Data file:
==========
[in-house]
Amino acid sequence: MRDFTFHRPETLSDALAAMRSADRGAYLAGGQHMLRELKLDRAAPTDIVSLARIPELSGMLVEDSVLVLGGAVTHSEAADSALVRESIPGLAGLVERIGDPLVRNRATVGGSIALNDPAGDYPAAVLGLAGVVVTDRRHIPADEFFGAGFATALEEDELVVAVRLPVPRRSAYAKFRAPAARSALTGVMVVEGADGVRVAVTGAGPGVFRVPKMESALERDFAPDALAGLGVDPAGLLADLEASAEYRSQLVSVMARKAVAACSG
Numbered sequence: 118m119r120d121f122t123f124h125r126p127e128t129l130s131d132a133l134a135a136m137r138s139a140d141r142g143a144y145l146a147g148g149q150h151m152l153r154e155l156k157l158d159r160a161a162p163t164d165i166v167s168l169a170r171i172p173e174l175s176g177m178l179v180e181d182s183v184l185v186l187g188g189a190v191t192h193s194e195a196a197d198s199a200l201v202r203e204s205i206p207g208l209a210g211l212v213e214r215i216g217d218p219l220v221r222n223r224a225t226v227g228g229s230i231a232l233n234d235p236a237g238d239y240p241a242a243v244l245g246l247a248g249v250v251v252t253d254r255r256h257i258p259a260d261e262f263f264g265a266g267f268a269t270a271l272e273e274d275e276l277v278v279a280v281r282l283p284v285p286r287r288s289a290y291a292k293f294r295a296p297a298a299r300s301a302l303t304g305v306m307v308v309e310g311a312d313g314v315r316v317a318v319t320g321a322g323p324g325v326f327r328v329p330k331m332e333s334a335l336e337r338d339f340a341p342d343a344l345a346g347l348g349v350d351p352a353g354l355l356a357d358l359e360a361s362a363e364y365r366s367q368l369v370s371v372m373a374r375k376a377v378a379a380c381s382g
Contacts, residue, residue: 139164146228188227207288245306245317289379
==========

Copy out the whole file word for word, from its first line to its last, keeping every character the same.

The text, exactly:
[in-house]
Amino acid sequence: MRDFTFHRPETLSDALAAMRSADRGAYLAGGQHMLRELKLDRAAPTDIVSLARIPELSGMLVEDSVLVLGGAVTHSEAADSALVRESIPGLAGLVERIGDPLVRNRATVGGSIALNDPAGDYPAAVLGLAGVVVTDRRHIPADEFFGAGFATALEEDELVVAVRLPVPRRSAYAKFRAPAARSALTGVMVVEGADGVRVAVTGAGPGVFRVPKMESALERDFAPDALAGLGVDPAGLLADLEASAEYRSQLVSVMARKAVAACSG
Numbered sequence: 118m119r120d121f122t123f124h125r126p127e128t129l130s131d132a133l134a135a136m137r138s139a140d141r142g143a144y145l146a147g148g149q150h151m152l153r154e155l156k157l158d159r160a161a162p163t164d165i166v167s168l169a170r171i172p173e174l175s176g177m178l179v180e181d182s183v184l185v186l187g188g189a190v191t192h193s194e195a196a197d198s199a200l201v202r203e204s205i206p207g208l209a210g211l212v213e214r215i216g217d218p219l220v221r222n223r224a225t226v227g228g229s230i231a232l233n234d235p236a237g238d239y240p241a242a243v244l245g246l247a248g249v250v251v252t253d254r255r256h257i258p259a260d261e262f263f264g265a266g267f268a269t270a271l272e273e274d275e276l277v278v279a280v281r282l283p284v285p286r287r288s289a290y291a292k293f294r295a296p297a298a299r300s301a302l303t304g305v306m307v308v309e310g311a312d313g314v315r316v317a318v319t320g321a322g323p324g325v326f327r328v329p330k331m332e333s334a335l336e337r338d339f340a341p342d343a344l345a346g347l348g349v350d351p352a353g354l355l356a357d358l359e360a361s362a363e364y365r366s367q368l369v370s371v372m373a374r375k376a377v378a379a380c381s382g
Contacts, residue, residue: 139164146228188227207288245306245317289379